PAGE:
A replacement bus service is currently running on the Northern Rail line between Sellafield and Barrow-in-Furness, after reports of a person being hit by a train.
A Transport Scotland spokesman said:
– Transport Scotland
"In response to the delivery date of the Borders project, we are currently finalising the commercial terms of the contract with Network Rail for handover to them of the scheme delivery, and expect to conclude those discussions later this month.
"The Borders Railway will re-establish passenger railway services for the people of Edinburgh, Midlothian and the Scottish Borders for the first time in over 40 years, delivering real economic and social development opportunities, and offering a fast and efficient railway that will be a real alternative to the car."
They add that the current scheme costs are £235-£295m at 2012 prices.
Council officials have said they are not surprised that the completion of the Borders Railway is likely to be a year later than planned, claiming that the end date was always likely to slip. New estimates put the finish date for the Tweedbank - Edinburgh line at 2015.
Latest estimates predict that the Borders Railway will not re-open until at least 2015 - a year later than planned. Project officials also believe that costs for the Tweedbank to Edinburgh route will be around £50 million higher than the £295 million budget.
Transport Scotland didn't comment on the estimates, but confirmed that they are currently finalising the commercial terms of the contract to build the line, and expect that process to be finished in the next few weeks. The Borders has been without a railway since the Beeching cuts of 1969.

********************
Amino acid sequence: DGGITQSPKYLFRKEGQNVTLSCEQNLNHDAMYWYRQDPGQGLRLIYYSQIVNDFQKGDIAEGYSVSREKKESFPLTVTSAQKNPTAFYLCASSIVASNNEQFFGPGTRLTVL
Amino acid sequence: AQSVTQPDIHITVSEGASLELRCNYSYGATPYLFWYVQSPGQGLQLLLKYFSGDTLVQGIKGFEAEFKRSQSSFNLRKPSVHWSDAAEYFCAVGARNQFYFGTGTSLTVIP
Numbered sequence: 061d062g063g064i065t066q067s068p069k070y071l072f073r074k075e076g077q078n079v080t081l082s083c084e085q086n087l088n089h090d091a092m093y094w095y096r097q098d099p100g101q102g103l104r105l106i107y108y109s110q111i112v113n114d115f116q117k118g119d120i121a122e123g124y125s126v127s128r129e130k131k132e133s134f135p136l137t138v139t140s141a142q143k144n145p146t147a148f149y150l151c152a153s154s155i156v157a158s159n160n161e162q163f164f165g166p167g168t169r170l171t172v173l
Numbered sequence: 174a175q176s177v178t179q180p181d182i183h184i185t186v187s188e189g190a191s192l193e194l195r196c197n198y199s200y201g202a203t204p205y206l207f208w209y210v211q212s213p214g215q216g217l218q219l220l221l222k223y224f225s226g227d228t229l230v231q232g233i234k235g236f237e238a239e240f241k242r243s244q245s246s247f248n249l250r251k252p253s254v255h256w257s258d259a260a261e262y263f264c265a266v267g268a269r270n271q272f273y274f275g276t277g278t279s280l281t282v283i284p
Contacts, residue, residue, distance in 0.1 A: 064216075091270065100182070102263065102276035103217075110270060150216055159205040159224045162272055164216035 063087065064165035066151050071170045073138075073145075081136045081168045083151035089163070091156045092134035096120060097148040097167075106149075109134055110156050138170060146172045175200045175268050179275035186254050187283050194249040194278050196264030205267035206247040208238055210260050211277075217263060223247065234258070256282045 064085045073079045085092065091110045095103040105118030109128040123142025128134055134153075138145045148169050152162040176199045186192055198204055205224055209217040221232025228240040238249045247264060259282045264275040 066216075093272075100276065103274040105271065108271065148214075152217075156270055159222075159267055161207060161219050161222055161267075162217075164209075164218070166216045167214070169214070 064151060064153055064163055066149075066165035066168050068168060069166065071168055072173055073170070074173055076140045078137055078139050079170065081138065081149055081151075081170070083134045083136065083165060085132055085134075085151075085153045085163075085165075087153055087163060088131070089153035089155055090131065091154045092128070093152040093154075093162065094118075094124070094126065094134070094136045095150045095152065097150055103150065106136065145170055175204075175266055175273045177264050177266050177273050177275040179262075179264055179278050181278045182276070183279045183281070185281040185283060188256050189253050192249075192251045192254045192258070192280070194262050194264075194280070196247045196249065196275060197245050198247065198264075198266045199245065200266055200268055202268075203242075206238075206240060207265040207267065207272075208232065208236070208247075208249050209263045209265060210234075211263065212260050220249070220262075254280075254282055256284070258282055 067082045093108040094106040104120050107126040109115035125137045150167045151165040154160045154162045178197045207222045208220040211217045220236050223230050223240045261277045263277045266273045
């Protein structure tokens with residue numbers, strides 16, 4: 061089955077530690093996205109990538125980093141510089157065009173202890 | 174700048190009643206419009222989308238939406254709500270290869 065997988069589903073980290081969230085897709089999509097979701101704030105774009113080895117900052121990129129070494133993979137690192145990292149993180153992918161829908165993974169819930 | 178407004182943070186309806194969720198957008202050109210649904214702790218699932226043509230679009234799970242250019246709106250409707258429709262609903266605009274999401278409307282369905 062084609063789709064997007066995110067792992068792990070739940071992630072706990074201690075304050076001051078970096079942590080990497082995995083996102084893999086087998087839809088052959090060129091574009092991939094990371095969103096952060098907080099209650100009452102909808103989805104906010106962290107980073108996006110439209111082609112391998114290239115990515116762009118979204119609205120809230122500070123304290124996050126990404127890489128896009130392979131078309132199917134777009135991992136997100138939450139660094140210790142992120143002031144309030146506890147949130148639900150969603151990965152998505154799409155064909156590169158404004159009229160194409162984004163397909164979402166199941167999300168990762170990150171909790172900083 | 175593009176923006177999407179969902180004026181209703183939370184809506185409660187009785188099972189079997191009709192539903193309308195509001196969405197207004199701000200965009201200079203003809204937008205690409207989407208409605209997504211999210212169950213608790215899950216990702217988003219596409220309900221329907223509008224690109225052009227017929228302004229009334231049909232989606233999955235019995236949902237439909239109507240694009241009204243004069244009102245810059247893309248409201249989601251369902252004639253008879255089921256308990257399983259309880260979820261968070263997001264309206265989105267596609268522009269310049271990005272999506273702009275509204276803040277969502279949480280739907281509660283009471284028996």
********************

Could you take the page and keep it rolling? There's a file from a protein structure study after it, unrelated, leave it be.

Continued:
Northern Rail is running rail replacement buses between Whitehaven and Sellafield after yesterday's derailment between St Bees and Nethertown. A train carrying 100 passengers - mainly Sellafield employees - partially derailed at 6.45am on Thursday after hitting a landslide. No one was injured.
The train sent to collect passengers on board this morning's derailed train has also become stuck in a landslide on Cumbria's coastal line. Passengers on the original train have now walked to nearby Nethertown Station instead.
The first train was carrying Sellafield workers to the nuclear plant when it derailed at 7.20am today after it hit a landslide near Nethertown. No passengers are reported to be injured.
Pictures of the landslip that caused a train to become derailed in west Cumbria have been released. No one was injured in the accident.
Emergency Services are continuing to deal with a two carriage passenger train which hit a landslide in west Cumbria.
Cumbria police say the train remained upright and there were no injuries to any passengers or staff.
A recovery train is being sent to pick up the passengers and take them to a reception centre at Sellafield.
Emergency services are dealing with a passenger train that has derailed in west Cumbria.
It happened near Nethertown, south of Caulderton. The two carriage train was travelling towards Sellafield and had employees on board.
The derailment happened at around 07.20 this morning, no injuries have been reported.
Drivers are being asked to avoid the area.